Friday, August 30, 2013

A Hanging Thief Enjoys Dinner

Just walking around my yard and photographing the things that I notice is teaching me so much these days.  I often don't realize what I'm seeing until I get inside, download the photos, and take a closer look.  This post describes a case in point....

As I was looking over the asters in my front garden one evening in late July (and wishing this species bloomed before late September!), I noticed an odd insect "knot" down in a dark recess of leaves and stems.  As I tried to get a little closer to figure out what I was actually seeing, the "insect knot" flew a foot or two sideways, into an area with much better light, resolving itself into a robber fly with something in its grasp.  I dutifully took a couple photos, then moved on to find other interesting subjects around the yard.

On my way back into the house, about 30 minutes later, I snapped another photo or two, then went inside to upload my treasures and examine them more closely.

I was quite surprised to see the robber fly had actually captured a paper wasp and was holding onto it while hanging from an aster leaf with one foot.  The wasp seemed easily as large, and probably heavier, than the robber fly. This seemed a little odd, so I went back out to take another look.  Almost an entire hour had elapsed since I first saw the robber fly, but it was still in the same place, with the wasp still in its grasp and still hanging from one leg.  I took another series of photos, but I was losing my light, so I went back inside and started to research.

It turns out that this wasn't just an individual, acrobatic robber fly with a taste for precarious eating experiences.  This was a type of robber fly known as a hanging thief, so named precisely because the entire genus, Diogmites, eats their prey this way, dangling from one leg.  Furthermore, hanging thieves (I LOVE this name) regularly eat wasps and bees, often catching and eating insects as much as twice as large as themselves.  The only downside that I could find to their bizarre eating preferences was a tendency to snack on honeybees, especially if honeybees were the predominant Hymenopterans around.  Needless to say, in this sort of situation, beekeepers wouldn't be particularly fond of hanging thieves that were hanging around.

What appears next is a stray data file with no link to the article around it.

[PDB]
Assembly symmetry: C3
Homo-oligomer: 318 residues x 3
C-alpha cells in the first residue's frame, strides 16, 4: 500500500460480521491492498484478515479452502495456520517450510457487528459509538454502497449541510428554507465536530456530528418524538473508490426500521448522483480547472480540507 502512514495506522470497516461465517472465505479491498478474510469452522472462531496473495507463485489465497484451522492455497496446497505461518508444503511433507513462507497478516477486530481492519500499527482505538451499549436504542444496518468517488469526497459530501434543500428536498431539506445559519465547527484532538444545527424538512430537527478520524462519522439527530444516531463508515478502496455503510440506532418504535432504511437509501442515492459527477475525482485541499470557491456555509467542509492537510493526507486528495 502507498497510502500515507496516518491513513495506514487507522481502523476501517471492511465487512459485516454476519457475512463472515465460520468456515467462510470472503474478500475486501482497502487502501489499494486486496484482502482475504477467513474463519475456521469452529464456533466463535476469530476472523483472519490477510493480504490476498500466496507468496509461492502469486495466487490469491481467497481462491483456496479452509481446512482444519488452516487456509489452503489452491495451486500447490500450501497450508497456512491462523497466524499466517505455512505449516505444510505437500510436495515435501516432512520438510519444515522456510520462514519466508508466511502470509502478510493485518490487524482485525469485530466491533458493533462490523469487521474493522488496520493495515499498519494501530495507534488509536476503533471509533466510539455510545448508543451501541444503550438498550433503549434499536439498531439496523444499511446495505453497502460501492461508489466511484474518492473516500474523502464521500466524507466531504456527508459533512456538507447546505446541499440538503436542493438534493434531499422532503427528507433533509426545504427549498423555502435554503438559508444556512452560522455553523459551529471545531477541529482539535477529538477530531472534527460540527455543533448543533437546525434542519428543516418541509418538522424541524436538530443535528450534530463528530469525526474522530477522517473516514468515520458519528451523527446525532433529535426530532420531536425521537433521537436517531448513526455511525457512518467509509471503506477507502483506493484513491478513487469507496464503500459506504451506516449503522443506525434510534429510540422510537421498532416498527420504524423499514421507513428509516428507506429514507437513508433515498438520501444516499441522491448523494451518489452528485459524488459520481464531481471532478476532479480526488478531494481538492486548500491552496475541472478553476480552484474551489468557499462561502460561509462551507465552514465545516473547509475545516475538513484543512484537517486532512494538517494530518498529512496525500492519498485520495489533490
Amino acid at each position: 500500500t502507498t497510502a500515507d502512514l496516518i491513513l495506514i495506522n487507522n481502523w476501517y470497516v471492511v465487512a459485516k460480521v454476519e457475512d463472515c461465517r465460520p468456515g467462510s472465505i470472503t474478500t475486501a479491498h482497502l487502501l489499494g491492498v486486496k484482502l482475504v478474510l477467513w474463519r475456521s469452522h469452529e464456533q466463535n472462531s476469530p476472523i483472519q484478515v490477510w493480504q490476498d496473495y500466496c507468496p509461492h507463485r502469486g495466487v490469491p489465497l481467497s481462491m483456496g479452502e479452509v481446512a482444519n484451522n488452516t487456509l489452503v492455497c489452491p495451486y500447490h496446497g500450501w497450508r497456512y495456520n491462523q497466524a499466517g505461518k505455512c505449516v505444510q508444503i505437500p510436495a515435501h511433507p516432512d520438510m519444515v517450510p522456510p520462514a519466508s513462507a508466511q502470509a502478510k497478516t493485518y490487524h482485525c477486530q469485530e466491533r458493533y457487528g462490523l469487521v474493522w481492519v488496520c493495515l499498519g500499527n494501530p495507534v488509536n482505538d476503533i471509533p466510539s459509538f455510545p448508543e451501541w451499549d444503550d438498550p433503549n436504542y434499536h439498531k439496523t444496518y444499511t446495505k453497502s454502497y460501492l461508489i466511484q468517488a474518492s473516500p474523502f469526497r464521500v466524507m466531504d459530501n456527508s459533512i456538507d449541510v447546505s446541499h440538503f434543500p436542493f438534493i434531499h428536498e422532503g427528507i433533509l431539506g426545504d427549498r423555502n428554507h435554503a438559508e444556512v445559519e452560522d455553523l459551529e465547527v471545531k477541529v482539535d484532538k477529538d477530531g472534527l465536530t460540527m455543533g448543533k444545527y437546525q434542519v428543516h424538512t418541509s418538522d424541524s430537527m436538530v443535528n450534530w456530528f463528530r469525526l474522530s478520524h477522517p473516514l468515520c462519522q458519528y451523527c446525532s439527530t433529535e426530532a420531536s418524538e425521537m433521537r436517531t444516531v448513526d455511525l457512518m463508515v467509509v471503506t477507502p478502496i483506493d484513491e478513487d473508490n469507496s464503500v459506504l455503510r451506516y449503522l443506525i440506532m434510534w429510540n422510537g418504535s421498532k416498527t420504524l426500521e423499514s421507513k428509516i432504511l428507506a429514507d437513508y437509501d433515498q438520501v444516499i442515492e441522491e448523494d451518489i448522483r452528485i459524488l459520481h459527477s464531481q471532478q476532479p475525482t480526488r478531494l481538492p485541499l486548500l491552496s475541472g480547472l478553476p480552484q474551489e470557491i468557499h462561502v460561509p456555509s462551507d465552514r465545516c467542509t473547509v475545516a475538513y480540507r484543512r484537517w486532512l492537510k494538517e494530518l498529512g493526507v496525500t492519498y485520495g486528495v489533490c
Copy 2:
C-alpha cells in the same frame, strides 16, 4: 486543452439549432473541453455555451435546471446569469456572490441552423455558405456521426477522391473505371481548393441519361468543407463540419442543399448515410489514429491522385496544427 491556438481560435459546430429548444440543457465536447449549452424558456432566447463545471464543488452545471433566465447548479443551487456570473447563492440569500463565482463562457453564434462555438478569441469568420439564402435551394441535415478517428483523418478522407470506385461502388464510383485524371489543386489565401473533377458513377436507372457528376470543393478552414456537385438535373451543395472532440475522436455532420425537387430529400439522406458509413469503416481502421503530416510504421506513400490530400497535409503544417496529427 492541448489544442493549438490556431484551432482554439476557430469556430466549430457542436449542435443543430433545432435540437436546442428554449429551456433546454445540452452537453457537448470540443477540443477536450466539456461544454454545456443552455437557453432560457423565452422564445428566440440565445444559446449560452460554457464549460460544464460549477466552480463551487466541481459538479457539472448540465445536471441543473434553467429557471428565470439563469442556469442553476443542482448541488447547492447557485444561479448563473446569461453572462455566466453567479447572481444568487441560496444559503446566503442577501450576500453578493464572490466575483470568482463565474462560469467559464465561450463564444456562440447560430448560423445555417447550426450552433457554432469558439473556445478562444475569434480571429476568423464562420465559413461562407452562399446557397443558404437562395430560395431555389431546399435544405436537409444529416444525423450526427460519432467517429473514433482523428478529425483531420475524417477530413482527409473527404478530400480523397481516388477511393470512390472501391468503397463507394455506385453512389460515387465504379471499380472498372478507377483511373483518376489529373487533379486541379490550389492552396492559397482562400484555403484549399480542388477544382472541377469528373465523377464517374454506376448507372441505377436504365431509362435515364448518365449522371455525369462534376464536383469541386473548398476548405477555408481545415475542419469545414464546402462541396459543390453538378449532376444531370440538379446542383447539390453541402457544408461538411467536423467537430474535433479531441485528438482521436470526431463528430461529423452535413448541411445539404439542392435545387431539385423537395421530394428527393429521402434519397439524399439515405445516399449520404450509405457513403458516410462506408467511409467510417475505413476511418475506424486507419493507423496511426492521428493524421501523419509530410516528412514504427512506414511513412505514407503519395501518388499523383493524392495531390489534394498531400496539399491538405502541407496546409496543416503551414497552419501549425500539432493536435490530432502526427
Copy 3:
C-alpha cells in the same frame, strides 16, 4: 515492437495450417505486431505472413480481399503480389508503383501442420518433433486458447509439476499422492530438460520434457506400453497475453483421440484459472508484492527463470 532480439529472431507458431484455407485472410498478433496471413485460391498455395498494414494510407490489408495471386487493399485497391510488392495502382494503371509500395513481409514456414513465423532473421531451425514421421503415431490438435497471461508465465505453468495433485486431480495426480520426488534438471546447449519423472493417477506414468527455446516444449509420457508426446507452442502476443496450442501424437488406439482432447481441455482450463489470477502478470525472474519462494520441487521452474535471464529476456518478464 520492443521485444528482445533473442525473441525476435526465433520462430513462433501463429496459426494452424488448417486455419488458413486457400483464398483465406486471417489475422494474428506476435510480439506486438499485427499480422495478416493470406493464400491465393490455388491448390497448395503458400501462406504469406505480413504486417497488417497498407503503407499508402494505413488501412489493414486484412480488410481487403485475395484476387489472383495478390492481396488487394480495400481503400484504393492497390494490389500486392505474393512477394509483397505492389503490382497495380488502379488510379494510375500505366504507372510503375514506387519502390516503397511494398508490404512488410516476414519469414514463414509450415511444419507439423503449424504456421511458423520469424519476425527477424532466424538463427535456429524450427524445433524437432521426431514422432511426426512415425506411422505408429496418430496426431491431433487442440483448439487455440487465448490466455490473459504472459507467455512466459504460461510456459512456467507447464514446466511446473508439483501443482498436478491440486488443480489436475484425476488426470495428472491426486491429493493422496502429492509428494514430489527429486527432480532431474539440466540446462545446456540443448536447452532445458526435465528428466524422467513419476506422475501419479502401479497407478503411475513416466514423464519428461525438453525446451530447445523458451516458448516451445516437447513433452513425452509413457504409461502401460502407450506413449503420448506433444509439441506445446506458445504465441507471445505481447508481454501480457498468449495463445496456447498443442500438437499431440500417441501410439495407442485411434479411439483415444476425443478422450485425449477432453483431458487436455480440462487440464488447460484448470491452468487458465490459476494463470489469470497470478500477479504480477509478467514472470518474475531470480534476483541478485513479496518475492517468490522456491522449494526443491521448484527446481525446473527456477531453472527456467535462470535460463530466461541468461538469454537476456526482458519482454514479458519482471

Like all robber flies, hanging thieves have piercing mouthparts.  Once they capture their prey, they inject saliva, filled with digestive enzymes, into the unfortunate insect, let the saliva liquify the insides of said insect, and suck their juicy meal back out.

This final photo is focused on the prey, the wasp, rather than on the predator, the robber fly.  

This unfortunate wasp was a paper nest wasp, Polistes metricus.  I have no idea where the nest is, but there should be plenty of siblings to help keep the nest well provisioned and thus to produce next year's queens.  In general, paper nest wasps apparently prey primarily on caterpillars, which they chew up and feed to their larvae back at the nest.  The adults eat nectar and are commonly found on flowers.  As far as I can tell, the front of my victim's face is rusty brown, signifying that it is a female.  The face of males is yellow and their antennae also curl at the tips;  males cannot sting, as the stinger is a modified ovipositor (egg-layer).

The balance of nature is a complex thing.  The caterpillars eat the plants.  The paper nest wasps eat both the plants (nectar) and the caterpillars.  The hanging thieves eat the paper nest wasps.  Hanging thieves lay their eggs in the ground.  It's not known for sure what their larvae eat, but they are presumed to be predaceous on other soil invertebrates.

Have you seen any hanging thieves around your garden?


Gardener on Sherlock Street said...

You are noticing the neatest things. Never heard of these before. How different.

Gaia Gardener: said...

Thanks, GonSS! I knew about robber flies but had never heard of hanging thieves either. It tickled my fancy, so I thought I'd share.

Anonymous said...

I think these are one of the coolest insects. I was wondering if you see many of these around your area? I'm in Canada right now (home) but was just at my girlfriends in Ohio, I found a few areas that have them but not many. Could you tell me what state your in and near what town? Thank you very much. Cool pics by the way, well done. Brad.

Gaia Gardener: said...

Brad, I just really picked up on the fact that these are different from other robber flies. I see robber flies, in general, fairly frequently around here, but I can't tell you how many of them are hanging thieves.

We live in south central Kansas, near Wichita.